That’s it. Years of brutality cloaked in appallingly benign words like disrespected and used as entertainment, as if the Japanese soldiers had just called them names and played pranks on them. Our teacher probably explained more beyond that, but I’d still not grasped the extent of the wartime atrocities committed by the Japanese until I read this book. That’s why I really appreciate the historical details in How We Disappeared—while our experience is not exactly the same as Singapore’s, it brings the essence of those years alive in a way that years of primary and secondary education were not able to.
Another thing I appreciate is how Lee makes Wang Di’s wartime struggles concrete without resorting to gratuitous graphic depictions of violence. While Wang Di’s harrowing experiences did make me extremely uncomfortable, I felt that the overarching focus was still her survival of those experiences, rather than the sheet brutality of the experiences themselves:
The more men I’d had to work for that day, the more likely it was that I got no sleep—the ache, dull during the day, shot spikes through me when I was trying to rest. This pain, I couldn’t control. But to keep alive, I made no noise, did nothing, and tried not to exist. Those were the only things I could do.
I also loved Wang Di’s friendship with the two other comfort women, Jeomsun and Huay, and how they look after each other despite the direness of their circumstances. They already have very little to give, so each sacrifice they made for each other ends up meaning so much. This portrayal of genuine female friendship was one of the more moving aspects of the novel.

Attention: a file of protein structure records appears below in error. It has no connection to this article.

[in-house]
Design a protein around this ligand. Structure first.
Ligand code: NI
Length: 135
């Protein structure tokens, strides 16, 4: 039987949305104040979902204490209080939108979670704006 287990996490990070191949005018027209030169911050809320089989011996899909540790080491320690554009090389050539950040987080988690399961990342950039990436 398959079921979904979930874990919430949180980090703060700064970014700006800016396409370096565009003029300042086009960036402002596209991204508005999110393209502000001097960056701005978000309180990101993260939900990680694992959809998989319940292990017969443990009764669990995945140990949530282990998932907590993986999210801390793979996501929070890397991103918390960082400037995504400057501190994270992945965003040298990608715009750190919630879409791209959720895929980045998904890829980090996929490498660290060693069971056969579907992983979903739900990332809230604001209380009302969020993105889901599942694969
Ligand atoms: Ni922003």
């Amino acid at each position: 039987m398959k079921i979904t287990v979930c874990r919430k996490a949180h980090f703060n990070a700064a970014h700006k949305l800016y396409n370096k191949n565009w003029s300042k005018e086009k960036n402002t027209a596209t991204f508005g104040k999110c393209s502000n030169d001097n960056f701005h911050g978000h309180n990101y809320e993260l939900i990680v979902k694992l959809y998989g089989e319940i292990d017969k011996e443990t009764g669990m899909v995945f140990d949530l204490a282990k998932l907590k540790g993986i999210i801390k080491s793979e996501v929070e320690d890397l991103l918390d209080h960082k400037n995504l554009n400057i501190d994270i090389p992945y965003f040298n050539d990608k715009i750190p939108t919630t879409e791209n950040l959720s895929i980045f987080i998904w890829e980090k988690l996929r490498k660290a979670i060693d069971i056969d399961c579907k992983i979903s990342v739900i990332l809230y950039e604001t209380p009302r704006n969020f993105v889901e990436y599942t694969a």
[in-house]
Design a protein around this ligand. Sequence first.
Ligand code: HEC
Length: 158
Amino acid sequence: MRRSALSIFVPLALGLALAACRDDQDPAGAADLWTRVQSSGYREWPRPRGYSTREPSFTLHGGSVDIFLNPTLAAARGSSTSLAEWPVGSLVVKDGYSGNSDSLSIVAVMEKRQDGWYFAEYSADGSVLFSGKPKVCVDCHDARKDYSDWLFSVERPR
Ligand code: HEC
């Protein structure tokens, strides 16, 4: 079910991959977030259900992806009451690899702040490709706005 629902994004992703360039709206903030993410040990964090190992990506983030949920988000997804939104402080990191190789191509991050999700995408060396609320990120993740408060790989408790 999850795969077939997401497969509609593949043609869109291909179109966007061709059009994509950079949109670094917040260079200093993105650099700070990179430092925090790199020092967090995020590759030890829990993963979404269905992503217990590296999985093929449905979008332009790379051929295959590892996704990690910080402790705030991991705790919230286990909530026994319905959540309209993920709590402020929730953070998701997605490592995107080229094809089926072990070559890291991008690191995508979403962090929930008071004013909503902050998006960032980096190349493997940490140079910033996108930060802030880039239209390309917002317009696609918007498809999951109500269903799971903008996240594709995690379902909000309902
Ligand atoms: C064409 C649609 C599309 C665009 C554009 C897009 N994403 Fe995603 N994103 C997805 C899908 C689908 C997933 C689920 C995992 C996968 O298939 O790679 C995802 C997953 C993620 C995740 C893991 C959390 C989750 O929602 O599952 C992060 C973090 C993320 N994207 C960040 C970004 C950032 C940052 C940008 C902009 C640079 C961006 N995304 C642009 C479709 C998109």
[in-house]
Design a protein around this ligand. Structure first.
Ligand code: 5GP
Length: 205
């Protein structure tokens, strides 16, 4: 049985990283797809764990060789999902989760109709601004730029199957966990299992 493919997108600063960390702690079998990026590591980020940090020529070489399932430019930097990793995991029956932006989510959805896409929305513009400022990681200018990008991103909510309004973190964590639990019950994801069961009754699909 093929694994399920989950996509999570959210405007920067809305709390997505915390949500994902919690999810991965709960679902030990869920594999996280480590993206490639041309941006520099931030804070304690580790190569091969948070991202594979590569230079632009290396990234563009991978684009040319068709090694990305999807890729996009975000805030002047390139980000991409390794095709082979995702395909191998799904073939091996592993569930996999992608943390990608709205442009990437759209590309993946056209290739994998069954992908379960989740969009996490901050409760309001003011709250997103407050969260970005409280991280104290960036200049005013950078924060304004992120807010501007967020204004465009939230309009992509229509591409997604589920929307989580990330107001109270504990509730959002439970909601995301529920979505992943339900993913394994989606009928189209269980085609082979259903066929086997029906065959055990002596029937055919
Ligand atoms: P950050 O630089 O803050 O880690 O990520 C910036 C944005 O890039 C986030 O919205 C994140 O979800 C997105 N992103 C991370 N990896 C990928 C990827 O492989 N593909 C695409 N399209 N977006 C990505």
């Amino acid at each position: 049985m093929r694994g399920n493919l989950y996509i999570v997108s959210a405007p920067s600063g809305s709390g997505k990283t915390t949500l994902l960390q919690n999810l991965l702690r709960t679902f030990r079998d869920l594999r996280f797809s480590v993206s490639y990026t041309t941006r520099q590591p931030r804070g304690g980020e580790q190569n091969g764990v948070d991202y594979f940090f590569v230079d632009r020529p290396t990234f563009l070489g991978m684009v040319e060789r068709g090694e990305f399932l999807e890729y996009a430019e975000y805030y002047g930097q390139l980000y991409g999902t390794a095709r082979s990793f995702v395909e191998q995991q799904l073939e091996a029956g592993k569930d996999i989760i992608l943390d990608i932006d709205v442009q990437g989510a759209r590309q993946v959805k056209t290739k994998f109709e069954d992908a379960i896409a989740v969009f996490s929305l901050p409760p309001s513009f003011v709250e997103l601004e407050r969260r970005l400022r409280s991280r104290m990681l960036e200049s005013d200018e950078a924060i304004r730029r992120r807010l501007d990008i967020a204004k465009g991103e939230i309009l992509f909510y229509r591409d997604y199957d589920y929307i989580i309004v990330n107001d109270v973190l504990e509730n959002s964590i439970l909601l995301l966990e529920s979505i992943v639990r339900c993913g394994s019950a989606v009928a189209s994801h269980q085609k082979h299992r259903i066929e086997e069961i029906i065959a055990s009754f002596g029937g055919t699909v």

There were a number of other things that How We Disappeared did well, but I’ll touch briefly on what didn’t work for me. While the events of the present timeline did offer the readers a brief reprieve, I felt that it lacked the narrative force that the past had—everything just moved very slowly, and Kevin seemed to exist as a plot device to allow the past to be told. There was also a filler quality to the present events in first half of the novel, which might be the reason why it took me longer than usual to get through this book.
Overall, though, How We Disappeared is a harrowing, deeply affecting, and ultimately hopeful look at trauma and memory, and an exploration of the power that telling a story has to heal. Similar to works like Djinn Patrol on the Purple Line and Pachinko, How We Disappeared is less remarkable for its style than for the importance of the story it’s trying to tell, and I think it’s a story that’s truly worth reading.
Reviews for the Women’s Prize 2020 Longlist
- Weather by Jenny Offill – ★★★★
- Girl, Woman, Other by Bernardine Evaristo – ★★★★
- How We Disappeared by Jing-Jing Lee – ★★★★
- Fleishman Is in Trouble by Taffy Brodesser-Akner – ★★★★
- Red at the Bone by Jacqueline Woodson – ★★★★
- Djinn Patrol on the Purple Line by Deepa Anappara – ★★★★
- Queenie by Candice Carty-Williams – ★★★
- The Dutch House by Ann Patchett – ★★½
- The Most Fun We Ever Had by Claire Lombardo – ★★
- Dominicana by Angie Cruz – ★★
- Girl by Edna O’Brien – Will not read; no rating
- The Mirror & the Light by Hilary Mantel – Will not read; no rating
Have you read this book? What did you think of it? Let me know in the comments!
Find me on Goodreads! | Read from April 18 - May 1, 2020